• Both men come to possess weapons which solidify their power. King Arthur has his Excalibur (the earliest legends and Guy Ritchie’s telling of the story name Excalibur as the “Sword in the Stone.” The “Sword in the Stone” is a coming-of-age event which legitimizes Arthur as the rightful king of Camelot). Arthur Fleck has his revolver, which integrates him with his shadow, and allows him to defeat his main antagonist, Murray Franklin. It is important to note that a symbol of the completion of rubedo is a crown. Fleck is never crowned, but by extension, his completion of the Magnum Opus links him with the symbol of royalty.  
    • It is also believed by some that the legends of King Arthur and the search for the Holy Grail are symbolic of the alchemical journey with the Grail actually being the Philosopher’s Stone.
  • The Phoenix
    • I find it interesting that the Joker, who comes to embody the phoenix at the end of the film, is played by the actor, Joaquin Phoenix.

The Golden Lion

The Joker was awarded the “Golden Lion” at the 76th Venice International Film Festival in 2019. The “Golden Lion” is the top prize of the film festival, and its name is short for the “Golden Lion of St. Mark.” The Golden Lion of St. Mark, the winged lion, is a part of the Tetramorph, the four animals associated with the four Christian evangelists (Matthew, Mark, Luke, and John). However, the animals associated with the Christian Tetramorph can be traced back to Babylonian astrology (namely the four fixed signs of the zodiac). Those four signs correspond, in western astrology, to the elements of earth, fire, water, and air, which play integral roles in the alchemical process (this is the level of detail that I opted out of discussing throughout the series). All of that to say that I believe that the subject of alchemy plays many roles in and around this film.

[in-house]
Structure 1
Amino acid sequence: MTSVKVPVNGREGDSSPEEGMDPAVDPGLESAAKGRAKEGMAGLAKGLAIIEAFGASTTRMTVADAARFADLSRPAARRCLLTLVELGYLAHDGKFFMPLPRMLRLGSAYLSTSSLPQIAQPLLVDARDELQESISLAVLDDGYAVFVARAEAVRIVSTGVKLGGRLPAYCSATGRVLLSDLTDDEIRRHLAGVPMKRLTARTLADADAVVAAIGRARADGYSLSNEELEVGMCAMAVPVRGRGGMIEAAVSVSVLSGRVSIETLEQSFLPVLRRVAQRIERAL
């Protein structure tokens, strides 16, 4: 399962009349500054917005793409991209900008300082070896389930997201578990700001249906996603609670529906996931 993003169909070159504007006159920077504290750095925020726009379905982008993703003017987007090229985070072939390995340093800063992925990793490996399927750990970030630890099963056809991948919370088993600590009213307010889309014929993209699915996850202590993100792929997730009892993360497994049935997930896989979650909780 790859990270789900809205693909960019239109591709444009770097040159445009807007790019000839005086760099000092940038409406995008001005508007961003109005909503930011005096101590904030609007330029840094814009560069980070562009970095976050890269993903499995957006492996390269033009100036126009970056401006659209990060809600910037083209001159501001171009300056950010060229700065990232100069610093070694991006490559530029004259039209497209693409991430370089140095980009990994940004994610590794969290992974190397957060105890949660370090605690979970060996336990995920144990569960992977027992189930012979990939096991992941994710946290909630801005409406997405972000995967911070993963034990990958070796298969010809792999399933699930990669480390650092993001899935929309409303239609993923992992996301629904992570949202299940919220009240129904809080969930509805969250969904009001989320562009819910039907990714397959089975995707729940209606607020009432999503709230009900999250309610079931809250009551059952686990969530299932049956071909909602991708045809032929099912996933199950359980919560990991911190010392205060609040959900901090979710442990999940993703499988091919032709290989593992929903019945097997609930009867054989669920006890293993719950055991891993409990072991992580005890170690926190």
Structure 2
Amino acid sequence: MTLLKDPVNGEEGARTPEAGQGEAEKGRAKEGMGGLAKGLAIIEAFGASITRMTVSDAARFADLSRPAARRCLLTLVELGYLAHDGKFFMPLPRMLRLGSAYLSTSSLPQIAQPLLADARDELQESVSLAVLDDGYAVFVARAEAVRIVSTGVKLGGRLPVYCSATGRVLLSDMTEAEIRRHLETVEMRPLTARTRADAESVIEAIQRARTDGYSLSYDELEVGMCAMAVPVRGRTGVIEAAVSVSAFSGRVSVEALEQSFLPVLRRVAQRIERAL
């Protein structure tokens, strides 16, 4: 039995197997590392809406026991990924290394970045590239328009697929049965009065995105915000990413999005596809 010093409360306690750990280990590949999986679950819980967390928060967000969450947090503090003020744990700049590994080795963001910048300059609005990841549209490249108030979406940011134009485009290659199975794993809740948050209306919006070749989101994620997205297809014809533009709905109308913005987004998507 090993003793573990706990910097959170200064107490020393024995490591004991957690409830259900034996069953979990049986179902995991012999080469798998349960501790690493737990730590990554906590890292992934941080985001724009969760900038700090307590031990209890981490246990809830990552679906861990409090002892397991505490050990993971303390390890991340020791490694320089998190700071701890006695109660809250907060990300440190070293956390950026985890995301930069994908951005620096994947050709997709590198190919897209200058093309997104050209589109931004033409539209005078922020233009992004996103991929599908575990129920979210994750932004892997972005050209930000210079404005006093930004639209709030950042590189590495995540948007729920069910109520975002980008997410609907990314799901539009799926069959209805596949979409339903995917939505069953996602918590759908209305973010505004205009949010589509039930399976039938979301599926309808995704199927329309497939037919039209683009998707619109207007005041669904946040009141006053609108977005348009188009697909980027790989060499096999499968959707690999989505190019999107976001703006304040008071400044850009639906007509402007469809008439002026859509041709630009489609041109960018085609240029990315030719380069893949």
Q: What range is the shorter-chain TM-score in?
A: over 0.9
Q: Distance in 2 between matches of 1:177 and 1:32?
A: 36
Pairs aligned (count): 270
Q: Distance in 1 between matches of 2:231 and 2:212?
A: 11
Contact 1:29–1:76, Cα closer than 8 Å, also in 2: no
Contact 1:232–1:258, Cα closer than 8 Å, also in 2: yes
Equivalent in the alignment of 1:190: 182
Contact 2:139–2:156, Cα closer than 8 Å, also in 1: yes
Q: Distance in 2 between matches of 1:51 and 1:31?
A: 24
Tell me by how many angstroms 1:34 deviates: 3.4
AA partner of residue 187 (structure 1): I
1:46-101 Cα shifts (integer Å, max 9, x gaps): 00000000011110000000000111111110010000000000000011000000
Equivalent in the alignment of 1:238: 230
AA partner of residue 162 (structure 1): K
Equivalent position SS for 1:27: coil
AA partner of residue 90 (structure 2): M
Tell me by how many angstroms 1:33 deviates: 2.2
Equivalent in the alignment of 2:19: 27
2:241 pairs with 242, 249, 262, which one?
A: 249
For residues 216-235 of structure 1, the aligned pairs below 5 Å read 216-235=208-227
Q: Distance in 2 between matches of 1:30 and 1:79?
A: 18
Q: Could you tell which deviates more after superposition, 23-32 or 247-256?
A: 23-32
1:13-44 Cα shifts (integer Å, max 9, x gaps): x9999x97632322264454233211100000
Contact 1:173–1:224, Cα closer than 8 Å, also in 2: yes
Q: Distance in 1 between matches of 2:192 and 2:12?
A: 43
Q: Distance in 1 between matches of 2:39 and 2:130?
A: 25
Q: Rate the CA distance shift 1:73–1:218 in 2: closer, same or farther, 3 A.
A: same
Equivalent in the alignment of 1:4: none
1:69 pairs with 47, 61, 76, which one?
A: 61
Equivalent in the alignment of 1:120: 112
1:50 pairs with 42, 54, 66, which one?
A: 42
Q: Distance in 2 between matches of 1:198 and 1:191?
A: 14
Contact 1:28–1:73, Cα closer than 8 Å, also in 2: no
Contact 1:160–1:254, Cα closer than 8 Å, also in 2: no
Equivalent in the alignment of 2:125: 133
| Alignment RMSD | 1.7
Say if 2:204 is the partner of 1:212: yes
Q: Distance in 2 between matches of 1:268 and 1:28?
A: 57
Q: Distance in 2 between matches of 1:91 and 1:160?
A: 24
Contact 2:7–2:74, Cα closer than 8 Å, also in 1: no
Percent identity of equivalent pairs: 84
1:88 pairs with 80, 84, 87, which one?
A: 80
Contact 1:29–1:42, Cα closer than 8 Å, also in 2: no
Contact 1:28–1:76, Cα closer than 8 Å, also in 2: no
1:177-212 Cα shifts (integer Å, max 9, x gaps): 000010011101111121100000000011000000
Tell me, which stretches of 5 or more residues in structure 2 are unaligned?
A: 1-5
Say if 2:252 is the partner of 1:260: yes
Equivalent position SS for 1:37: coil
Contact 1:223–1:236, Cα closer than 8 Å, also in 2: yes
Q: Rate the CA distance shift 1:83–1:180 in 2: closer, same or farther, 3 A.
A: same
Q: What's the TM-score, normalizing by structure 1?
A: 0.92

Golden Lion/ via Wikipedia


I wrote this piece because I wanted to convey my belief that like other artforms, film has the ability to communicate messages to both the conscious and sub-conscious mind. Since films encompass both audio and visual stimulation, they can influence our thoughts, feelings, and by extension, to some degree our actions. I am not positing that there is necessarily a nefarious agenda with every film, but as viewers, we are subject to receiving the takeaways that the directors intend for us to be exposed to. The more that we are able to better understand what those messages or impressions are, the better suited we are to exercise control and conscious thought over how we process those messages and impressions. My argument concerning this film is that it is ultimately about alchemy and walking us viewers through the alchemical process by vicariously living through the story of Arthur Fleck.

 I also believe that by extension, we are offered some context for how the Joker came to be as formidable of a nemesis to Batman as legend has made him. To me, Heath Ledger portrayed the Joker at his most chilling and sinister iteration in the Dark Knight,begging the question of how a mere human being could reach such a state? He seems more like a demon than a man. Recall his final question to Batman at the end of the film:

Joker (Heath Ledger): “What happens when an unstoppable force meets an immovable object?”

Arthur’s traversing of the alchemical path allows him to reach a more super-human state, and to me, lays the groundwork for Heath Ledger’s Joker.

All in all, I hope that you found this series interesting and thought-provoking, and I thank you for taking this journey with me.